10 Uncertainty Modeling

We cannot find an effective policy unless we are modeling the problem properly. In the realm of sequential decision problems, this means accurately modeling uncertainty. The importance of modeling uncertainty has been underrepresented in the stochastic optimization literature, although practitioners working on real problems have long been aware of both the importance and the challenges of modeling uncertainty.

Fortunately, there is a substantial body of research focused on the modeling of uncertainty and stochastic processes that has evolved in the communities working on Monte Carlo simulation and uncertainty quantification. We use uncertainty modeling as the broader term that describes the process of identifying and modeling uncertainty, while simulation refers to the vast array of tools that break down complex stochastic processes using the computational tools of Monte Carlo simulation.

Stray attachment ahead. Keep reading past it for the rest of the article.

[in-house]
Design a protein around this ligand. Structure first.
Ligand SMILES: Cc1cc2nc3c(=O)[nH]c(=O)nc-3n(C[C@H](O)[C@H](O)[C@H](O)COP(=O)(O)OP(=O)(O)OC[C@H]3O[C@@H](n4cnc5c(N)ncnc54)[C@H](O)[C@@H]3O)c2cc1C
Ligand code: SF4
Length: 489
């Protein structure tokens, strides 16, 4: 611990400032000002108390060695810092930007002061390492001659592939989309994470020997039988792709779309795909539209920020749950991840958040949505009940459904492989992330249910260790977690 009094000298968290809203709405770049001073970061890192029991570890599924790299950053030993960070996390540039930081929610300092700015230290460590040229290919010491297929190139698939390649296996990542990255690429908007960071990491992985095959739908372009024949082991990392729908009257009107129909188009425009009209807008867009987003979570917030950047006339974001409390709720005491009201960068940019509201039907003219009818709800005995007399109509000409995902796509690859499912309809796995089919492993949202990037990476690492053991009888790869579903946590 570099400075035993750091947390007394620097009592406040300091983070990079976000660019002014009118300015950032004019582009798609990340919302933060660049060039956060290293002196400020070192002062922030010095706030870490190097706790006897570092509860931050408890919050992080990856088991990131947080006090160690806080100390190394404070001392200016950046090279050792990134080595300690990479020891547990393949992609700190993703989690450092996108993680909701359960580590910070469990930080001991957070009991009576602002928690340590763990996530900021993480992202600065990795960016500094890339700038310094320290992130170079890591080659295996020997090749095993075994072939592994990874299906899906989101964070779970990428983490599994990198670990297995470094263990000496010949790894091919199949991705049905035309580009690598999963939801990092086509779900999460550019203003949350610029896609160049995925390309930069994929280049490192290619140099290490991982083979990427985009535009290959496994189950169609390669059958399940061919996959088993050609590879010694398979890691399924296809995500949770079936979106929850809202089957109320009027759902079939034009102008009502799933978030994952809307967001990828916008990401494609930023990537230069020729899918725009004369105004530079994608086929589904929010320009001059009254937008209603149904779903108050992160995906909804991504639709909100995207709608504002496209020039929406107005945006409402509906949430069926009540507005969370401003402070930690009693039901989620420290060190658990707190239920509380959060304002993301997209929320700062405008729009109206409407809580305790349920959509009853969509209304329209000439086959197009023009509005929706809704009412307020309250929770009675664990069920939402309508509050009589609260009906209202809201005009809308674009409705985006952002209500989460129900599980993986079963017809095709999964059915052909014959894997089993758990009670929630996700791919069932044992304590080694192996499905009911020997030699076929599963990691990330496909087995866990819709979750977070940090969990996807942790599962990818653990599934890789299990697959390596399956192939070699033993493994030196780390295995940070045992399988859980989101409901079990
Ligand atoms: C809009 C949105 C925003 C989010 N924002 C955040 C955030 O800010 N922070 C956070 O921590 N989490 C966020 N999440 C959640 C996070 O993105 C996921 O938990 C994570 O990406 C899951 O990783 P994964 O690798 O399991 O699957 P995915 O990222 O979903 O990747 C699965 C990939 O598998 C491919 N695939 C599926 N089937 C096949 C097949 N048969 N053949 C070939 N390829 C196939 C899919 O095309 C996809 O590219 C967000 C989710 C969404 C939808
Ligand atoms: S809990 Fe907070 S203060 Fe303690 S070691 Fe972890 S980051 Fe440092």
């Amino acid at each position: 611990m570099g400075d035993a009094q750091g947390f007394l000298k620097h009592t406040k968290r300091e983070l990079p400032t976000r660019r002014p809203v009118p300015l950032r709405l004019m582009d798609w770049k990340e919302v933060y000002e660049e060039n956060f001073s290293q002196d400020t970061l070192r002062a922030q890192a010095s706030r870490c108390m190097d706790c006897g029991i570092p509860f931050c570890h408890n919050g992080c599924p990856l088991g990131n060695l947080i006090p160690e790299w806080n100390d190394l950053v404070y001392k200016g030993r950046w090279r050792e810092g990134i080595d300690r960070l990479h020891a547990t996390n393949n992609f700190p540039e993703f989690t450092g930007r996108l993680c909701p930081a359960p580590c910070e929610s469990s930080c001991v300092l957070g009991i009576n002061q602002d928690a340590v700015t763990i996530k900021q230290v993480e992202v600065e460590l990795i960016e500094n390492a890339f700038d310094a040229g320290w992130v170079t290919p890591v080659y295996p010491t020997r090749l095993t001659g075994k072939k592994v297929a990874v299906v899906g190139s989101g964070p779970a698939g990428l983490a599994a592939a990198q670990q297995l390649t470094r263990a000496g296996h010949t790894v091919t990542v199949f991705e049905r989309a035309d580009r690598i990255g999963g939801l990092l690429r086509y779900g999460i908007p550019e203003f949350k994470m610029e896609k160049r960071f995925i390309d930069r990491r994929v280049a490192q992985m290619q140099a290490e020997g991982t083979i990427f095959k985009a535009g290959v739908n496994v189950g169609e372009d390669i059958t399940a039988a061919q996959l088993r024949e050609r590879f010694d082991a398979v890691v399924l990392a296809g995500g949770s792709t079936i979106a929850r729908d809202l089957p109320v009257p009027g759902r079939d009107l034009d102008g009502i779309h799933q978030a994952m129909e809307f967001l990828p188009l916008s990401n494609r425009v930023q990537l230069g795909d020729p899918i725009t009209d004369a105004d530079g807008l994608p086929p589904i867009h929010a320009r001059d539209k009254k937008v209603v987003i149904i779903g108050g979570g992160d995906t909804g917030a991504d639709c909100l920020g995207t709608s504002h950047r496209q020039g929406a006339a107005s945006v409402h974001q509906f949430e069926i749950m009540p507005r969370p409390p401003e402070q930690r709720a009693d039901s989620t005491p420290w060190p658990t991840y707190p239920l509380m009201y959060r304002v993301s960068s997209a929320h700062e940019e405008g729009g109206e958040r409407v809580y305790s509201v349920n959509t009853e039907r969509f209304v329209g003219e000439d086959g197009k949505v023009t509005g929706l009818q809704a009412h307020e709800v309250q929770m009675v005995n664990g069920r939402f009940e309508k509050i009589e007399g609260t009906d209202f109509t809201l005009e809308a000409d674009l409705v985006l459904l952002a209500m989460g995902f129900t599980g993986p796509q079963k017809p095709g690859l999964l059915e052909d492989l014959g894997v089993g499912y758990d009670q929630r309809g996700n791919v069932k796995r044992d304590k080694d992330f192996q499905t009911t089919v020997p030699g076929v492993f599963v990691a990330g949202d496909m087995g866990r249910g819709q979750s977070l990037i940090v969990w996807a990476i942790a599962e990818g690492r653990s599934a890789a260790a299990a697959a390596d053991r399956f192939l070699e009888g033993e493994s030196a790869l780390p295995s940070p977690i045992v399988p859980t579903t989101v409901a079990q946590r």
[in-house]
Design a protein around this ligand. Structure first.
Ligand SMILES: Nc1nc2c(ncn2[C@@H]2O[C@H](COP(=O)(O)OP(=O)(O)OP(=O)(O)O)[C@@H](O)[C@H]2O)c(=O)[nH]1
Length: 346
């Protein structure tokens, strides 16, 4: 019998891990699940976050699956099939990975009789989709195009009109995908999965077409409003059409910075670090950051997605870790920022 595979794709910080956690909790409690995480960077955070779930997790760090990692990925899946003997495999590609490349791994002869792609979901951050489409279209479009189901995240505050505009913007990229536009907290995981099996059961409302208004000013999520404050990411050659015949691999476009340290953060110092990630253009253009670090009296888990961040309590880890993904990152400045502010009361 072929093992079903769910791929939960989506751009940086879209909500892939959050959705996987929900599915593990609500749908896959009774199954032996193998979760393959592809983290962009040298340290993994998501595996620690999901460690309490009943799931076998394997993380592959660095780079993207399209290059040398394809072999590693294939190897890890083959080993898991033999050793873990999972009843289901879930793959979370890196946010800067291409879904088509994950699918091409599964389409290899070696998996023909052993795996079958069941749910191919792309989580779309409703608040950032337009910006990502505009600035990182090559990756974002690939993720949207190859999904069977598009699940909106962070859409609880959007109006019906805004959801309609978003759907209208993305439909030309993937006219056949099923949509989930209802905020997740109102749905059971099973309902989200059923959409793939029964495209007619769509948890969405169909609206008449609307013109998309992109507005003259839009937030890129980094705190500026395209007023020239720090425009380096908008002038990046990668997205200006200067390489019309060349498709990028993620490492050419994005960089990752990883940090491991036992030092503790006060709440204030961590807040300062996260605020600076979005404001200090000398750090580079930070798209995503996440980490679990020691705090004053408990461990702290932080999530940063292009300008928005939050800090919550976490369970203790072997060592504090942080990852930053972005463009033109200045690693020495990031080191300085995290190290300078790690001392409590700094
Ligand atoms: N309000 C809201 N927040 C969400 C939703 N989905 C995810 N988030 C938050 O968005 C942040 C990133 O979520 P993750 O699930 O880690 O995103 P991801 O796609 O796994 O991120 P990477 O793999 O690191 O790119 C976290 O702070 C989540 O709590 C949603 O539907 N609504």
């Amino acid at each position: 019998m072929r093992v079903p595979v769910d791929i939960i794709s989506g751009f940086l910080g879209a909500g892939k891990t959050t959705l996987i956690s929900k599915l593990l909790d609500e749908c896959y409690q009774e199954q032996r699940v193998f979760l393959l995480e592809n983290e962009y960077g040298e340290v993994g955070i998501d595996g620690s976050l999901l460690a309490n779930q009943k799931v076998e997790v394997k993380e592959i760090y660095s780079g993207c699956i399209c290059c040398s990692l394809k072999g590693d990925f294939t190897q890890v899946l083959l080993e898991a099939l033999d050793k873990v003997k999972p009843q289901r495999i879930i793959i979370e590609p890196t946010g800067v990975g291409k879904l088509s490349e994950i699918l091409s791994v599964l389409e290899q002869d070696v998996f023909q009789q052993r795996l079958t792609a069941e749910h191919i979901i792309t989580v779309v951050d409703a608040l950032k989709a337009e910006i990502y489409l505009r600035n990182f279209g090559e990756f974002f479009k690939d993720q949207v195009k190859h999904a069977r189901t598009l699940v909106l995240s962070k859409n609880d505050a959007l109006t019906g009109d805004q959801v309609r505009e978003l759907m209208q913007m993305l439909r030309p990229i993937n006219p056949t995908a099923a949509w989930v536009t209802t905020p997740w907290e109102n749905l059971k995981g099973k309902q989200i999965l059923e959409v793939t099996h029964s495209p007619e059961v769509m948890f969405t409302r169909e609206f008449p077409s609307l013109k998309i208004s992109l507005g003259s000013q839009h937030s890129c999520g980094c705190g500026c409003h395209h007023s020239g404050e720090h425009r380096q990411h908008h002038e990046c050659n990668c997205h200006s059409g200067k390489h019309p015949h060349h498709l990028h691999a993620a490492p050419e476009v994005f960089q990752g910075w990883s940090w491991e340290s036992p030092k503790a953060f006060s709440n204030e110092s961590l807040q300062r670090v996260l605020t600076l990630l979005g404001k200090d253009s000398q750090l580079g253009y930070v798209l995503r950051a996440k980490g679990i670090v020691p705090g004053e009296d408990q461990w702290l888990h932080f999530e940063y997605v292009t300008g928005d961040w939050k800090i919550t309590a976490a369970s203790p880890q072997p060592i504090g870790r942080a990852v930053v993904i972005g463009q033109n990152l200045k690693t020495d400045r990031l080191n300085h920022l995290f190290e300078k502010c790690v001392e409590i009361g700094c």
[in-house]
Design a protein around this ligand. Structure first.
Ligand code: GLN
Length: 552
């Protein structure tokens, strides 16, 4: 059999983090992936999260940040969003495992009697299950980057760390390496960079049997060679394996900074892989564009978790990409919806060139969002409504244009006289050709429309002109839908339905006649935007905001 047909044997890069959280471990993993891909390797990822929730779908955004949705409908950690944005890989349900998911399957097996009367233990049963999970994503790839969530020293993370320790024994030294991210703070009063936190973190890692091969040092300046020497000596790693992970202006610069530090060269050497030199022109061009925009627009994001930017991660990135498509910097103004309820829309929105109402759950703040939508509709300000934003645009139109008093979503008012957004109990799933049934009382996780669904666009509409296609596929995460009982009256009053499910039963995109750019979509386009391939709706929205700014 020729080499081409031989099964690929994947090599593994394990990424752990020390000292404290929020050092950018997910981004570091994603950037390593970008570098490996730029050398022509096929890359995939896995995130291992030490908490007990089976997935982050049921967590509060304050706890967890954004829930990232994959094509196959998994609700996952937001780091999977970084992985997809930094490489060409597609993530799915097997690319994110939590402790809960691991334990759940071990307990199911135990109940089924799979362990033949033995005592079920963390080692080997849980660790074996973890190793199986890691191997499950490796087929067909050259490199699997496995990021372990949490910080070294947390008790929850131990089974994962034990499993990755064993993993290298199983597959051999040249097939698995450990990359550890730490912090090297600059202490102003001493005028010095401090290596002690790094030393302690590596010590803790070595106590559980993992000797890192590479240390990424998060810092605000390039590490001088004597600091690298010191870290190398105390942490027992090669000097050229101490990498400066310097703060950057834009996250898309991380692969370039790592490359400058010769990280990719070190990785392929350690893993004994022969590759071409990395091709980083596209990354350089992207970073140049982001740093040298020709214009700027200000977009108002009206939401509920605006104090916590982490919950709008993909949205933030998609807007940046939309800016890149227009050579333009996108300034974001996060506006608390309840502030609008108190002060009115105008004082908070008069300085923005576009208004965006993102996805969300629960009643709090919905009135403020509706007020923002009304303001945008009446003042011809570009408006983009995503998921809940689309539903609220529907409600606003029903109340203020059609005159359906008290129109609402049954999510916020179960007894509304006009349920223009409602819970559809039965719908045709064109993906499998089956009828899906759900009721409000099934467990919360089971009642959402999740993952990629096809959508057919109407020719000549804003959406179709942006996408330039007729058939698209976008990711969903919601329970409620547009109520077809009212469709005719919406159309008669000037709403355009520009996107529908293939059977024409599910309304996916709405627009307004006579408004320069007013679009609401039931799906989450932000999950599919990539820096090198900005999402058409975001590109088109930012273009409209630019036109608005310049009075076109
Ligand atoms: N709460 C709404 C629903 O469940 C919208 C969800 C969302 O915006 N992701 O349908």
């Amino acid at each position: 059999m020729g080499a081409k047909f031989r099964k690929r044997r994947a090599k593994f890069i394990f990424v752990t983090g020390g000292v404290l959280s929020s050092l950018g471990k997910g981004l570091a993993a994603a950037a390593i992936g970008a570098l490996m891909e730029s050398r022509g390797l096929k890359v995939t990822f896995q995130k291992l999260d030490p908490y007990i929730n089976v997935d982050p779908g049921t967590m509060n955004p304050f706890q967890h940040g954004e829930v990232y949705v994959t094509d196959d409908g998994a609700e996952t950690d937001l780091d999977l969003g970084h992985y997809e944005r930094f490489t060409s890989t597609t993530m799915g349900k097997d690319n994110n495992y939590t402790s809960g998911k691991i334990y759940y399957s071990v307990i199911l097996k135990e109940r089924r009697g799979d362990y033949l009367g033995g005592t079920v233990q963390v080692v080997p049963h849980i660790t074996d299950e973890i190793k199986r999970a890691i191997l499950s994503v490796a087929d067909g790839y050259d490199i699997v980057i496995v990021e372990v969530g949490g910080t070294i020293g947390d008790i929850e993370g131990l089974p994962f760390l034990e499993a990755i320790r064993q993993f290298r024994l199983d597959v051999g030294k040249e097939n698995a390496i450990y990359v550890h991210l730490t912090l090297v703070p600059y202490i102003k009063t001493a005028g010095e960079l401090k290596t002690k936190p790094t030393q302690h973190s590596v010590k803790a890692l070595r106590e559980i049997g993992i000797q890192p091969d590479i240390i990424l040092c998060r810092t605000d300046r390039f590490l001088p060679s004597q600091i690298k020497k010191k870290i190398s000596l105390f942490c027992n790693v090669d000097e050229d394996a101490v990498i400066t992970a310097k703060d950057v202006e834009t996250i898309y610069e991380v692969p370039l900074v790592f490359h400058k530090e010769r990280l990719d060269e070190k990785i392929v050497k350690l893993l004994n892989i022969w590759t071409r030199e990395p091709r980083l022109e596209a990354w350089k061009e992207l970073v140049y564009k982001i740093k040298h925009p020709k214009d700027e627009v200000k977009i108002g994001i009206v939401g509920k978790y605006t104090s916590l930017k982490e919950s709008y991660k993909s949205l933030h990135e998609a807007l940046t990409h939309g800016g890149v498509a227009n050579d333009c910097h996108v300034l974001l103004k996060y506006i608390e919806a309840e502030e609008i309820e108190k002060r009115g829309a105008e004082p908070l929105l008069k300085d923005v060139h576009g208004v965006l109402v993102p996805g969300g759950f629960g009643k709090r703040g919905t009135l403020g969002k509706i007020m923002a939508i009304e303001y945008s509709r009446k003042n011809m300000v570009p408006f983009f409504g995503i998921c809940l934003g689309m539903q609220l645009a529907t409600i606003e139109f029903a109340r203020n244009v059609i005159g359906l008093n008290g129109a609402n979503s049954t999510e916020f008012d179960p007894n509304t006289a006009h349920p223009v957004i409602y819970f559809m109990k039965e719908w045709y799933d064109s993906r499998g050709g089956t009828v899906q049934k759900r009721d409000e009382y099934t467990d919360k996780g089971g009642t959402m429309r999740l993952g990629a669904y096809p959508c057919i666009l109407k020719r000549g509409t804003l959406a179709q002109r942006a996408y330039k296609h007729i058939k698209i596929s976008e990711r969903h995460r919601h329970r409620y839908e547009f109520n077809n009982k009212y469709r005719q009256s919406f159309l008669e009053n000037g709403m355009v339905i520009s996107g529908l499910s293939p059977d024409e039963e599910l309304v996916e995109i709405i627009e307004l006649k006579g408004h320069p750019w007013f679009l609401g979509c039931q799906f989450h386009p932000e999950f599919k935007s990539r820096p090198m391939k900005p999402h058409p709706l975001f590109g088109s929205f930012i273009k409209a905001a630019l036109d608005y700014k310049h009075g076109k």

It helps to remind ourselves of the two information processes that drive any sequential stochastic optimization problem: decisions, and exogenous information. Assume that we can pick some policy Xtπ(St). We need to be able to simulate a sample realization of the policy, which will look like

StartLayout 1st Row upper S 0 right-arrow x 0 equals upper X 0 Superscript pi Baseline left-parenthesis upper S 0 right-parenthesis right-arrow upper W 1 right-arrow upper S 1 right-arrow x 1 equals upper X 1 Superscript pi Baseline left-parenthesis upper S 1 right-parenthesis right-arrow upper W 2 right-arrow upper S 3 right-arrow EndLayout

Given our policy, this simulation assumes that we have access to a transition function


We can execute equation (10.1) if we are given a policy Xtπ(St) and if we have access ...

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